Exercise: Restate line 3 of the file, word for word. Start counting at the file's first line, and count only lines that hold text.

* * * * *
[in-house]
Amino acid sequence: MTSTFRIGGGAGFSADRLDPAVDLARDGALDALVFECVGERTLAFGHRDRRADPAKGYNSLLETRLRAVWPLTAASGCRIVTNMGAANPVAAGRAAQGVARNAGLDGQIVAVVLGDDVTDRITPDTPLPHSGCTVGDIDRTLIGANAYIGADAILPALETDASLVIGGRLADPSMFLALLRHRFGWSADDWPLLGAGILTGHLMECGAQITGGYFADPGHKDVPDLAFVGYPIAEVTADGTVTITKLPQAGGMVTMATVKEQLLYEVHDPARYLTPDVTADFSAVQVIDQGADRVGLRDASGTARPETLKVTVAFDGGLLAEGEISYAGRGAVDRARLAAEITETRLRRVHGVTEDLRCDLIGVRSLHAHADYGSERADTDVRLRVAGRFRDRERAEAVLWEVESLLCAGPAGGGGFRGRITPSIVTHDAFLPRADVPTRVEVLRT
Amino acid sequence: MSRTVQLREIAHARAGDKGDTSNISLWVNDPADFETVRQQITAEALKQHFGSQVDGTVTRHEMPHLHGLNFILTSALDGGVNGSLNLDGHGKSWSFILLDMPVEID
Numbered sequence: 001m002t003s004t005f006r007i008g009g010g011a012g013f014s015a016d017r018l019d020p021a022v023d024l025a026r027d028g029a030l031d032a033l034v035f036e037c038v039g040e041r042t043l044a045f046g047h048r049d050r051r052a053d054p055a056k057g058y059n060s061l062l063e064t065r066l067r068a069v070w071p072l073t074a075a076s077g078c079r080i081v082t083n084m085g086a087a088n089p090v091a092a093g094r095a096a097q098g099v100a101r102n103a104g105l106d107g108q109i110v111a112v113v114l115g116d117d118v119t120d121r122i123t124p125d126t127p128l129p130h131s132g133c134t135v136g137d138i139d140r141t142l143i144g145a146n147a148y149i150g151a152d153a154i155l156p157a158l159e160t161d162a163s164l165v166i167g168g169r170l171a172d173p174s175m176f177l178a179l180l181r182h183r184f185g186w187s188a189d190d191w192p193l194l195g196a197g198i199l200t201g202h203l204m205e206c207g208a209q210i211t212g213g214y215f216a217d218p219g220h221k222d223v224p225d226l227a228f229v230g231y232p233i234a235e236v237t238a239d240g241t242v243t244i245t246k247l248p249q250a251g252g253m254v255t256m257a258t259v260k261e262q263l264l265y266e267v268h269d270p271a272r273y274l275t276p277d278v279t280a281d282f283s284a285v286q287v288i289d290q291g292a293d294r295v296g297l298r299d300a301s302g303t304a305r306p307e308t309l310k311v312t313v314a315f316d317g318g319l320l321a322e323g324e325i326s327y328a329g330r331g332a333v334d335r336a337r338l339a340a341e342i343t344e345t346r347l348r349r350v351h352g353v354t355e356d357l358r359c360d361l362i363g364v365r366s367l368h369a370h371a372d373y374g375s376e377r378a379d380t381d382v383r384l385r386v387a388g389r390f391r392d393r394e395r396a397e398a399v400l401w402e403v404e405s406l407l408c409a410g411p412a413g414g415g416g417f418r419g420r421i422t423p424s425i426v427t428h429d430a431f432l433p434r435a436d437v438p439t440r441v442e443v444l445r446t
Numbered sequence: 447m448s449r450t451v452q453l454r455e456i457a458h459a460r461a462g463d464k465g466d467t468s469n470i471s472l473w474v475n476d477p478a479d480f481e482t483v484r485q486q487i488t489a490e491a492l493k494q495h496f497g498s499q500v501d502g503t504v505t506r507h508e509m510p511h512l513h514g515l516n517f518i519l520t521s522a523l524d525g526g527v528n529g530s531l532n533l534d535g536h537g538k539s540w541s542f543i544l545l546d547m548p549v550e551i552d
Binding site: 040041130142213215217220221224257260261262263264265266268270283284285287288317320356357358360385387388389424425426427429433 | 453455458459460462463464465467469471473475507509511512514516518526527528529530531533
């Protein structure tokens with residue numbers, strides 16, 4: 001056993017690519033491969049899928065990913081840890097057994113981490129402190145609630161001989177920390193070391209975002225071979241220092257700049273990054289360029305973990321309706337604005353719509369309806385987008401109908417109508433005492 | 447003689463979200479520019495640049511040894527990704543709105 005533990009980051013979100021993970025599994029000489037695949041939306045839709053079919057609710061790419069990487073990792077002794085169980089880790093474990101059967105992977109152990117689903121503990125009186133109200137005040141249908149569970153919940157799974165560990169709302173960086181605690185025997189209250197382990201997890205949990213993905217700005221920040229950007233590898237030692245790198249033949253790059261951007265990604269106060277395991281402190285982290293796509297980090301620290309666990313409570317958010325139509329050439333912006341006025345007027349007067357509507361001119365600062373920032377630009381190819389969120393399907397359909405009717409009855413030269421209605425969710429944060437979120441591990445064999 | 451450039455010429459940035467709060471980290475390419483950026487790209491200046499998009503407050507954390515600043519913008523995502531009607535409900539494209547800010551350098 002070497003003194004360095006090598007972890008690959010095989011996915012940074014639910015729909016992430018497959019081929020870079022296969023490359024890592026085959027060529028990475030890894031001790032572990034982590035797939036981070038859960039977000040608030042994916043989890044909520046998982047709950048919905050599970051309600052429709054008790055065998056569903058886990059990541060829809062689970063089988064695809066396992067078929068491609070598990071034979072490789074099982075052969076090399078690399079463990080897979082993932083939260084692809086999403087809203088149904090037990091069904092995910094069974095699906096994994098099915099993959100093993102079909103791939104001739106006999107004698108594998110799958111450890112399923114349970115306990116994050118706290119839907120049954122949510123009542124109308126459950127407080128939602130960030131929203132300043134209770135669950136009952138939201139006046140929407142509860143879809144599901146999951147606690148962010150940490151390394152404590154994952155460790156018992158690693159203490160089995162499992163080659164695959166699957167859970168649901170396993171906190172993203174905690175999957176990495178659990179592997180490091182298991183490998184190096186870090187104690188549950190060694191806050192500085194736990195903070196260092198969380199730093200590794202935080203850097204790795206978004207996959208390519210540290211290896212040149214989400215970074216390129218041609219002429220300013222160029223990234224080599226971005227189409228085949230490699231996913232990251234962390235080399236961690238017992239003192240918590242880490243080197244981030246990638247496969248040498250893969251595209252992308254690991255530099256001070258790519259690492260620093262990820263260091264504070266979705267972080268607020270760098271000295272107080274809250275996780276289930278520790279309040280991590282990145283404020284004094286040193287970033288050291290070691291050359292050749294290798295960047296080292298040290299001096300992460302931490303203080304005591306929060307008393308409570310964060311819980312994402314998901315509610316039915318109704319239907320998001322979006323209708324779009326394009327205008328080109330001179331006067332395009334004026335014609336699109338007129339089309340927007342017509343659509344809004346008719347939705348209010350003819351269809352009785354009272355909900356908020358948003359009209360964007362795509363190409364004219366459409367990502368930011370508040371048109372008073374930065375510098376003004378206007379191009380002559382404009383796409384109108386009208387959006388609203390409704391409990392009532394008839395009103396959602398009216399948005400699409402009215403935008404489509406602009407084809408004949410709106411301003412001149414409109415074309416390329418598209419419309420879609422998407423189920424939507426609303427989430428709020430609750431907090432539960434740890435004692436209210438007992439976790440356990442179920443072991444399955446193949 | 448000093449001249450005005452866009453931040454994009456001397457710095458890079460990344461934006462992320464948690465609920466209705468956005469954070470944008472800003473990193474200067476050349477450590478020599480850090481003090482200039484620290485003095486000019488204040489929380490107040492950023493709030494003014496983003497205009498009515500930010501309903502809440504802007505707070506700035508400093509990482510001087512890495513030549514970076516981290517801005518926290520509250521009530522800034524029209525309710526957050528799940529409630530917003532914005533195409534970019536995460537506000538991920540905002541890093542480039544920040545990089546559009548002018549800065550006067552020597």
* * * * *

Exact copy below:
Amino acid sequence: MSRTVQLREIAHARAGDKGDTSNISLWVNDPADFETVRQQITAEALKQHFGSQVDGTVTRHEMPHLHGLNFILTSALDGGVNGSLNLDGHGKSWSFILLDMPVEID